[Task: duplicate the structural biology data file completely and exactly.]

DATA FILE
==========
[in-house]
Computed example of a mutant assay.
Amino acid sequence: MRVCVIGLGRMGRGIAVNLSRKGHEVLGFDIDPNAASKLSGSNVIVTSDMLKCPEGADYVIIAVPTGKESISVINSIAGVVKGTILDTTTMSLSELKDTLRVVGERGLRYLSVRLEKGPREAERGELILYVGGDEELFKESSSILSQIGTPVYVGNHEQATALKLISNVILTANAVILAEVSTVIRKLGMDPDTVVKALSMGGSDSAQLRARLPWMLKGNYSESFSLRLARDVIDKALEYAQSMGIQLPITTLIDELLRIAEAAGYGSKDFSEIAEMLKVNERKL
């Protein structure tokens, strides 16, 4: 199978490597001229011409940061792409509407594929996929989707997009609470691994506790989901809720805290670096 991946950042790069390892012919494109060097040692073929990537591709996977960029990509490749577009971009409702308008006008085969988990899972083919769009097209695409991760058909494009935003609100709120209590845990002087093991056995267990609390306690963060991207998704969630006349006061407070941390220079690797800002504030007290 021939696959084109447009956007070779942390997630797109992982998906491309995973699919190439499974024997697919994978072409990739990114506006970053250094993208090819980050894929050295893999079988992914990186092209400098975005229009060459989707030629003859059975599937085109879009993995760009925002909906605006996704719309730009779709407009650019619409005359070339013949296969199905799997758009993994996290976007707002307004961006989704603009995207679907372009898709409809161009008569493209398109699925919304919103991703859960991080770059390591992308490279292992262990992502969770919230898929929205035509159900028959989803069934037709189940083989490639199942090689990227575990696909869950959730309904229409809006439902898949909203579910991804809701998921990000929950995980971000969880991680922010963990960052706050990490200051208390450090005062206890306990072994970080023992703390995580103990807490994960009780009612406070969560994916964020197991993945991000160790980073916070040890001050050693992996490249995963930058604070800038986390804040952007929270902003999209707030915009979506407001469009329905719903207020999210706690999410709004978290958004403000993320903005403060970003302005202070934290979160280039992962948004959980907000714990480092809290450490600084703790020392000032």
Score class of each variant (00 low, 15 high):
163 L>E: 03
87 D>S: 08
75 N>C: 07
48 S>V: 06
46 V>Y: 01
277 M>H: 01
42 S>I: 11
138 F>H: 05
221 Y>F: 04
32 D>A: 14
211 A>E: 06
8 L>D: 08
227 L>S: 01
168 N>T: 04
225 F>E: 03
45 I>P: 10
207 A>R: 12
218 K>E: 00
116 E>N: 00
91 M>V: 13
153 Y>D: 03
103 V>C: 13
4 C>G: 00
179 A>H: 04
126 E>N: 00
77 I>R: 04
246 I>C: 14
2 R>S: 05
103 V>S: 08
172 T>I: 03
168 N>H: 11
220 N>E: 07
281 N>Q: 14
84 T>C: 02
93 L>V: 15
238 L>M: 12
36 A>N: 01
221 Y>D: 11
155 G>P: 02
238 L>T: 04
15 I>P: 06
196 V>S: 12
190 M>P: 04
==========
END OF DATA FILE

[in-house]
Computed example of a mutant assay.
Amino acid sequence: MRVCVIGLGRMGRGIAVNLSRKGHEVLGFDIDPNAASKLSGSNVIVTSDMLKCPEGADYVIIAVPTGKESISVINSIAGVVKGTILDTTTMSLSELKDTLRVVGERGLRYLSVRLEKGPREAERGELILYVGGDEELFKESSSILSQIGTPVYVGNHEQATALKLISNVILTANAVILAEVSTVIRKLGMDPDTVVKALSMGGSDSAQLRARLPWMLKGNYSESFSLRLARDVIDKALEYAQSMGIQLPITTLIDELLRIAEAAGYGSKDFSEIAEMLKVNERKL
């Protein structure tokens, strides 16, 4: 199978490597001229011409940061792409509407594929996929989707997009609470691994506790989901809720805290670096 991946950042790069390892012919494109060097040692073929990537591709996977960029990509490749577009971009409702308008006008085969988990899972083919769009097209695409991760058909494009935003609100709120209590845990002087093991056995267990609390306690963060991207998704969630006349006061407070941390220079690797800002504030007290 021939696959084109447009956007070779942390997630797109992982998906491309995973699919190439499974024997697919994978072409990739990114506006970053250094993208090819980050894929050295893999079988992914990186092209400098975005229009060459989707030629003859059975599937085109879009993995760009925002909906605006996704719309730009779709407009650019619409005359070339013949296969199905799997758009993994996290976007707002307004961006989704603009995207679907372009898709409809161009008569493209398109699925919304919103991703859960991080770059390591992308490279292992262990992502969770919230898929929205035509159900028959989803069934037709189940083989490639199942090689990227575990696909869950959730309904229409809006439902898949909203579910991804809701998921990000929950995980971000969880991680922010963990960052706050990490200051208390450090005062206890306990072994970080023992703390995580103990807490994960009780009612406070969560994916964020197991993945991000160790980073916070040890001050050693992996490249995963930058604070800038986390804040952007929270902003999209707030915009979506407001469009329905719903207020999210706690999410709004978290958004403000993320903005403060970003302005202070934290979160280039992962948004959980907000714990480092809290450490600084703790020392000032």
Score class of each variant (00 low, 15 high):
163 L>E: 03
87 D>S: 08
75 N>C: 07
48 S>V: 06
46 V>Y: 01
277 M>H: 01
42 S>I: 11
138 F>H: 05
221 Y>F: 04
32 D>A: 14
211 A>E: 06
8 L>D: 08
227 L>S: 01
168 N>T: 04
225 F>E: 03
45 I>P: 10
207 A>R: 12
218 K>E: 00
116 E>N: 00
91 M>V: 13
153 Y>D: 03
103 V>C: 13
4 C>G: 00
179 A>H: 04
126 E>N: 00
77 I>R: 04
246 I>C: 14
2 R>S: 05
103 V>S: 08
172 T>I: 03
168 N>H: 11
220 N>E: 07
281 N>Q: 14
84 T>C: 02
93 L>V: 15
238 L>M: 12
36 A>N: 01
221 Y>D: 11
155 G>P: 02
238 L>T: 04
15 I>P: 06
196 V>S: 12
190 M>P: 04